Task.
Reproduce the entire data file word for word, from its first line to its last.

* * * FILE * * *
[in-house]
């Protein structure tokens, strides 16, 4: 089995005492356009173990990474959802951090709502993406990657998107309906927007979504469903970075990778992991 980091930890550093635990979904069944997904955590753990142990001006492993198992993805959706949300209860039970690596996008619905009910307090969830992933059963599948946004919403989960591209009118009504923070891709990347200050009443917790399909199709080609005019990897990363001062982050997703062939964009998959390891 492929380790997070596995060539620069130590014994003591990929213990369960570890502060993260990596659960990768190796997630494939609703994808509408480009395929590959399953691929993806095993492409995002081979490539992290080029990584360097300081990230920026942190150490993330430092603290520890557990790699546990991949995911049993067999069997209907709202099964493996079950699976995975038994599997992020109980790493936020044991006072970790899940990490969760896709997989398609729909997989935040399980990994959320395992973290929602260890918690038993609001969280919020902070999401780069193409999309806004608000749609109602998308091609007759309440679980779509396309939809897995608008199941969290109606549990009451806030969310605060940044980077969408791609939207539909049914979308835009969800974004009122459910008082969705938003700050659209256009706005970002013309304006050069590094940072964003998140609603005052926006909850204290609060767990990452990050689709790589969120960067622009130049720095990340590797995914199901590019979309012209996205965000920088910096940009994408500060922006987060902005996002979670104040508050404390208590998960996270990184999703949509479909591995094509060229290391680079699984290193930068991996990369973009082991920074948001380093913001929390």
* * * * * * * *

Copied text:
[in-house]
């Protein structure tokens, strides 16, 4: 089995005492356009173990990474959802951090709502993406990657998107309906927007979504469903970075990778992991 980091930890550093635990979904069944997904955590753990142990001006492993198992993805959706949300209860039970690596996008619905009910307090969830992933059963599948946004919403989960591209009118009504923070891709990347200050009443917790399909199709080609005019990897990363001062982050997703062939964009998959390891 492929380790997070596995060539620069130590014994003591990929213990369960570890502060993260990596659960990768190796997630494939609703994808509408480009395929590959399953691929993806095993492409995002081979490539992290080029990584360097300081990230920026942190150490993330430092603290520890557990790699546990991949995911049993067999069997209907709202099964493996079950699976995975038994599997992020109980790493936020044991006072970790899940990490969760896709997989398609729909997989935040399980990994959320395992973290929602260890918690038993609001969280919020902070999401780069193409999309806004608000749609109602998308091609007759309440679980779509396309939809897995608008199941969290109606549990009451806030969310605060940044980077969408791609939207539909049914979308835009969800974004009122459910008082969705938003700050659209256009706005970002013309304006050069590094940072964003998140609603005052926006909850204290609060767990990452990050689709790589969120960067622009130049720095990340590797995914199901590019979309012209996205965000920088910096940009994408500060922006987060902005996002979670104040508050404390208590998960996270990184999703949509479909591995094509060229290391680079699984290193930068991996990369973009082991920074948001380093913001929390």